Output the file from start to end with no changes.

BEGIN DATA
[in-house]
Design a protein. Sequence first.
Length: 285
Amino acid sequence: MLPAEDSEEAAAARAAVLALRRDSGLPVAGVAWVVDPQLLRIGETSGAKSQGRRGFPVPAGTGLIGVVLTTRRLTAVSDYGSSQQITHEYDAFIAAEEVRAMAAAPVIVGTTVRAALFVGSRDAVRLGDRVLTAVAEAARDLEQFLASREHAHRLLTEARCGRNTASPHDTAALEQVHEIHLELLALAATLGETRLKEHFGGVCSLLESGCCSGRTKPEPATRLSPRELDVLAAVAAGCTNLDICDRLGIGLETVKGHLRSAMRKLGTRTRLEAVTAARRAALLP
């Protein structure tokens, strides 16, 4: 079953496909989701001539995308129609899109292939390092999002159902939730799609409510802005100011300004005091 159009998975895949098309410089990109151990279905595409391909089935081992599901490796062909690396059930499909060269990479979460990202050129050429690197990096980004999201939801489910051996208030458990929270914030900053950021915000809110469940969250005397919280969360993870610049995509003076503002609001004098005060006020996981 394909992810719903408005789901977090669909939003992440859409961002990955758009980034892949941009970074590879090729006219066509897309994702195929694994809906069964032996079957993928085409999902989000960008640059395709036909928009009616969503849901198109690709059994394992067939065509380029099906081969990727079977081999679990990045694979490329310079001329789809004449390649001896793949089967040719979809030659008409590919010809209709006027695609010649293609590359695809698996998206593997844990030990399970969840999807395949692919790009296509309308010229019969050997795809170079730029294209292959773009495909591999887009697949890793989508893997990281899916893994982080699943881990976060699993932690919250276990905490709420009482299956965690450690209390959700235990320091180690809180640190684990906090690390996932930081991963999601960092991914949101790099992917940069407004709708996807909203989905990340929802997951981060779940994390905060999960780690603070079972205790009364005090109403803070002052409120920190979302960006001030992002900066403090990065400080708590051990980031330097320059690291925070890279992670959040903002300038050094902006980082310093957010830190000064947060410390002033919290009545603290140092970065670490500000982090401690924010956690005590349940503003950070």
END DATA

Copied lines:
[in-house]
Design a protein. Sequence first.
Length: 285
Amino acid sequence: MLPAEDSEEAAAARAAVLALRRDSGLPVAGVAWVVDPQLLRIGETSGAKSQGRRGFPVPAGTGLIGVVLTTRRLTAVSDYGSSQQITHEYDAFIAAEEVRAMAAAPVIVGTTVRAALFVGSRDAVRLGDRVLTAVAEAARDLEQFLASREHAHRLLTEARCGRNTASPHDTAALEQVHEIHLELLALAATLGETRLKEHFGGVCSLLESGCCSGRTKPEPATRLSPRELDVLAAVAAGCTNLDICDRLGIGLETVKGHLRSAMRKLGTRTRLEAVTAARRAALLP
């Protein structure tokens, strides 16, 4: 079953496909989701001539995308129609899109292939390092999002159902939730799609409510802005100011300004005091 159009998975895949098309410089990109151990279905595409391909089935081992599901490796062909690396059930499909060269990479979460990202050129050429690197990096980004999201939801489910051996208030458990929270914030900053950021915000809110469940969250005397919280969360993870610049995509003076503002609001004098005060006020996981 394909992810719903408005789901977090669909939003992440859409961002990955758009980034892949941009970074590879090729006219066509897309994702195929694994809906069964032996079957993928085409999902989000960008640059395709036909928009009616969503849901198109690709059994394992067939065509380029099906081969990727079977081999679990990045694979490329310079001329789809004449390649001896793949089967040719979809030659008409590919010809209709006027695609010649293609590359695809698996998206593997844990030990399970969840999807395949692919790009296509309308010229019969050997795809170079730029294209292959773009495909591999887009697949890793989508893997990281899916893994982080699943881990976060699993932690919250276990905490709420009482299956965690450690209390959700235990320091180690809180640190684990906090690390996932930081991963999601960092991914949101790099992917940069407004709708996807909203989905990340929802997951981060779940994390905060999960780690603070079972205790009364005090109403803070002052409120920190979302960006001030992002900066403090990065400080708590051990980031330097320059690291925070890279992670959040903002300038050094902006980082310093957010830190000064947060410390002033919290009545603290140092970065670490500000982090401690924010956690005590349940503003950070």